The Blues House (pt.2)



In the early 1960s an unlikely audience latched on to the blues of the Depression era: college students and record collectors from New York, Boston, Washington, D.C. and Berkeley. “The blues mafia,” as they liked to call themselves, studied rare 78s, so rare that sometimes, as in the case of Skip James’s “Drunken Spree,” there was only one known copy of a record. And a few thought about driving south to locate the men whose voices they heard coming from their turntable. But where to start? There were no biographies, no press releases to consult or Wikipedia page. The songs were all they had.

In 1963, Tom Hoskins, a member of the so-called blues mafia, drove to a general store and post office in the southeast corner of the Mississippi Delta. On old maps this spot was labeled “Avalon,” and more than three decades before, Mississippi John Hurt, a figure revered by the blues mafia, had recorded a song called “Avalon Blues.” At the store Hoskins got directions to Hurt’s house. Hearing that he was from Washington, D.C., Hurt initially believed Hoskins was a revenue collector. Finally, Hoskins was able to convince Hurt of his true purpose, and was also able to convince him to come north and begin recording again. A few months later, Hurt, who had not made a recording since the 1920s, was appearing on the Johnny Carson Show and at the Newport Folk Festival.

That same year, a guitarist named John Fahey sent a letter to

Booker White (old blues singer)
c/o General Delivery
Aberdeen, MS

“I’m sitting down in Aberdeen, with New Orleans on my mind,” sang White in his 1940 song “Aberdeen Mississippi Blues.” When the letter was forwarded to him, White, who was now living in Memphis, replied to Fahey, and the following year Fahey decided to track down the most elusive bluesman of all, Skip James. In June of 1964 he left Berkeley with Bill Barth and Henry Vestine, friends and fellow guitarists.

Meanwhile, when Phil Spiro, the host of a Boston radio show devoted to folk and blues, said he was going to look for Son House, Tom Hoskins suggested his friend Nick Perls go along. Dick Waterman, an aspiring journalist, also joined up, thinking he would be able to publish an account of the trip. They stuffed sleeping bags and recording equipment into Perls’s Beetle and left in early June of 1964, around the same time as the trio from Berkeley. “We were just another bunch of kids without any real plan,” Spiro later said. “We went with little money, less planning, and no backup plan to cover disasters…..”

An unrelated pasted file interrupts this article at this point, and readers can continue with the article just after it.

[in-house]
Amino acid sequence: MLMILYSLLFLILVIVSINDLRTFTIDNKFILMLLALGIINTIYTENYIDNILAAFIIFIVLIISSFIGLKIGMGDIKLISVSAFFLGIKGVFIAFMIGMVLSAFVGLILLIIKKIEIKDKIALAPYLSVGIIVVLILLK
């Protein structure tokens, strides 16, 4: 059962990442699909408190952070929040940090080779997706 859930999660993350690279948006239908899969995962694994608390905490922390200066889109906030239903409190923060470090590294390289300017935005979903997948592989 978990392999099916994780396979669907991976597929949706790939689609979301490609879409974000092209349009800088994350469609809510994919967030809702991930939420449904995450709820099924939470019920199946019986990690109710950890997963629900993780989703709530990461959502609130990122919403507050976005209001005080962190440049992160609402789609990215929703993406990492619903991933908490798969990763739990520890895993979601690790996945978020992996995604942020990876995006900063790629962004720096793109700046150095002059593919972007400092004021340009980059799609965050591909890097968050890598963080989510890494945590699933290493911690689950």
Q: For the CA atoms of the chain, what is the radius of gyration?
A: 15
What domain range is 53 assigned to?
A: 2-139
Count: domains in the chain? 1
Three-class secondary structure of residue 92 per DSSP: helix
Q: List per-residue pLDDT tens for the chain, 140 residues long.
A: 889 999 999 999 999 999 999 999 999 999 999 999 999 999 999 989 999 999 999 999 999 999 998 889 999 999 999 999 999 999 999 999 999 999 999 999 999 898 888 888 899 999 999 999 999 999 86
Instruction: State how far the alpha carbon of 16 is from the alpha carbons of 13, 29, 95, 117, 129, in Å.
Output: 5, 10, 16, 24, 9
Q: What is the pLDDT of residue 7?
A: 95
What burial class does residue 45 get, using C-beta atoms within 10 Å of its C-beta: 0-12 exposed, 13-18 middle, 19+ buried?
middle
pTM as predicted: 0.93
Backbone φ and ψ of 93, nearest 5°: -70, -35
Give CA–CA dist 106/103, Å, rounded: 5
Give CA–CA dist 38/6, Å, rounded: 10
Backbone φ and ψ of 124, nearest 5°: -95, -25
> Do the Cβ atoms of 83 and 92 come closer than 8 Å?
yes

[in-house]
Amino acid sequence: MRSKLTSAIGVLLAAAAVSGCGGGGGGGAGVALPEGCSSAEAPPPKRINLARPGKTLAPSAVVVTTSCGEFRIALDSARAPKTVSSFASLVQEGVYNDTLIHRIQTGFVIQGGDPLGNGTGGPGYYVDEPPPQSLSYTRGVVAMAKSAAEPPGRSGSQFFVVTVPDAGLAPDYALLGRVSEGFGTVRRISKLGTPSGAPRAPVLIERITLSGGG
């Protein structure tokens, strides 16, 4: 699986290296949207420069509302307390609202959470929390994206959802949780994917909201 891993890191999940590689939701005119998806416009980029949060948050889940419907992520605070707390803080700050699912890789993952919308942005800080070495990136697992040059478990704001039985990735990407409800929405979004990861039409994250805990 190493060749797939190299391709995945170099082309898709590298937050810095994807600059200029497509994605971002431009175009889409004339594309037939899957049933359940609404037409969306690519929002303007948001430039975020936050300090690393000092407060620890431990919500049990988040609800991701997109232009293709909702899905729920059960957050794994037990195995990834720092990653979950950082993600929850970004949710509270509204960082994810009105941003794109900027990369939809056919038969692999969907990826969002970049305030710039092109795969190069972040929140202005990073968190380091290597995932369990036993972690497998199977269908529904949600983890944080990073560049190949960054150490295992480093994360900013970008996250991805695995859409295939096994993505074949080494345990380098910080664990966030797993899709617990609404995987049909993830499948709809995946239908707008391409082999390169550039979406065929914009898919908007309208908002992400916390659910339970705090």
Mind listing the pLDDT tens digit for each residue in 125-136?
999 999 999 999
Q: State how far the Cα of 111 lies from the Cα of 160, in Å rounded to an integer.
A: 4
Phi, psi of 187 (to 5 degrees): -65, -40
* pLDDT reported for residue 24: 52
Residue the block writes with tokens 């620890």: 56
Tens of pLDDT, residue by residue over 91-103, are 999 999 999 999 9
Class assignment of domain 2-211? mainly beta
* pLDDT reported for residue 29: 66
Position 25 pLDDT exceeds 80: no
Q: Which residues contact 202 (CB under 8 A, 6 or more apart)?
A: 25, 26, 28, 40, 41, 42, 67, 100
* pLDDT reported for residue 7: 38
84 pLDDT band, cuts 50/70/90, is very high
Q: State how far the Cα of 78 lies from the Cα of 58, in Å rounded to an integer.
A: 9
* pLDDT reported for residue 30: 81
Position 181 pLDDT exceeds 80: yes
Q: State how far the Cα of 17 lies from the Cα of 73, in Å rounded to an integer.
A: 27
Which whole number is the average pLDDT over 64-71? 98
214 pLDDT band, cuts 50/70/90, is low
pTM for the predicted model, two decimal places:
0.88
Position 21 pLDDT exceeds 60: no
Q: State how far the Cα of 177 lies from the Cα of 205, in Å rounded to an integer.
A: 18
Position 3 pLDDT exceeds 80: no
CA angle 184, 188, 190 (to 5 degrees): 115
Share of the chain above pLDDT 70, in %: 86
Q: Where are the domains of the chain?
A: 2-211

At the 1964 Newport Folk Festival lodging for the artists was assigned according to genre, which meant all the blues performers on the bill would share a residence. Arriving in town, they were directed to the Alexander Van Rensselaer house on Miantonomi Avenue, a structure built in the Italianate style and dated to the 1850s. During the weekend of the festival Muddy Waters stayed at the house, as did Mississippi Fred McDowell, Jesse Fuller, Robert Pete Williams and a number of bluesmen recently contacted by the blues mafia, including Mississippi John Hurt, Sleepy John Estes and Skip James. “In every room you’d go into,” said the folklorist and author Bruce Jackson, “there was somebody else playing music, and it was somebody you’d heard of and often didn’t know was still alive.”

George Wein, founder of the Newport Folk Festival, described the scene like so:

“The resulting residence, which we dubbed the ‘Blues House,’ was something to behold. These timeless blues legends were having a ball. It seemed that the house was full of song at all hours; informal jam sessions would start in the afternoon and persist until late evening. Some of these artists hadn’t seen each other in years; others had never previously met. Having them all together under one roof was a joyous arrangement.”

Al Wilson, later a member of the band Canned Heat, sat in on many of the jams, accompanying Skip James and Robert Pete Williams on guitar and harmonica. To David Evans, his roommate at the time, he wrote, “I stayed at the blues performers house, which meant informal concerts and partying and dancing from 10 each night to about 4 in the morning. I need hardly point out that the blues was the best I ever heard. I nearly died of joy (and of sorrow too) on many occasions.”

See part 1 here.


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